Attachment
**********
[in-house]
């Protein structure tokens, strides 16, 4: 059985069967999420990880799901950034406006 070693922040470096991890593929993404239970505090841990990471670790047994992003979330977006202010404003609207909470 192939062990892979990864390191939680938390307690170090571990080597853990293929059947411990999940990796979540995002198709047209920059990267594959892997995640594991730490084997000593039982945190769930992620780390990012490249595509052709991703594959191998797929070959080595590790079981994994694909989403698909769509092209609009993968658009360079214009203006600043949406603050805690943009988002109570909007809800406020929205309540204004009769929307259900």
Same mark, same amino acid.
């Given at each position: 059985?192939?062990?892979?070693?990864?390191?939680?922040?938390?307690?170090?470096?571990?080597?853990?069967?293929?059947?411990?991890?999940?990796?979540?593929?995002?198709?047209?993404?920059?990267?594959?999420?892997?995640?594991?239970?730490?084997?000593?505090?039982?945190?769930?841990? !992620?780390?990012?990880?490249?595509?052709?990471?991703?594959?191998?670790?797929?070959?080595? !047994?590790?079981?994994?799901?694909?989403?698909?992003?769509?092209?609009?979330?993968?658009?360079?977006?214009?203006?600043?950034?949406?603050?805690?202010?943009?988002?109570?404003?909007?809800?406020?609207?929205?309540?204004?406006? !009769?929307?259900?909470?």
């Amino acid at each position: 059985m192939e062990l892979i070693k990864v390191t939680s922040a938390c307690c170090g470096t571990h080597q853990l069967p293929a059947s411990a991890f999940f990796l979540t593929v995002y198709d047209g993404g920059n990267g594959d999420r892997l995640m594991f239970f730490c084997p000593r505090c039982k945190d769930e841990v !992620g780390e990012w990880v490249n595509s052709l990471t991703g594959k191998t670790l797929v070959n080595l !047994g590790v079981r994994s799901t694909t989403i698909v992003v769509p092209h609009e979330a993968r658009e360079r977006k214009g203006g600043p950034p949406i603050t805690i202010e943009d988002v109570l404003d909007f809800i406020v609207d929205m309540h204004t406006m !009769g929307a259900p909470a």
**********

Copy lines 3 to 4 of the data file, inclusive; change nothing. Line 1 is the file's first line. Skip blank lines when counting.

Same mark, same amino acid.
């Given at each position: 059985?192939?062990?892979?070693?990864?390191?939680?922040?938390?307690?170090?470096?571990?080597?853990?069967?293929?059947?411990?991890?999940?990796?979540?593929?995002?198709?047209?993404?920059?990267?594959?999420?892997?995640?594991?239970?730490?084997?000593?505090?039982?945190?769930?841990? !992620?780390?990012?990880?490249?595509?052709?990471?991703?594959?191998?670790?797929?070959?080595? !047994?590790?079981?994994?799901?694909?989403?698909?992003?769509?092209?609009?979330?993968?658009?360079?977006?214009?203006?600043?950034?949406?603050?805690?202010?943009?988002?109570?404003?909007?809800?406020?609207?929205?309540?204004?406006? !009769?929307?259900?909470?």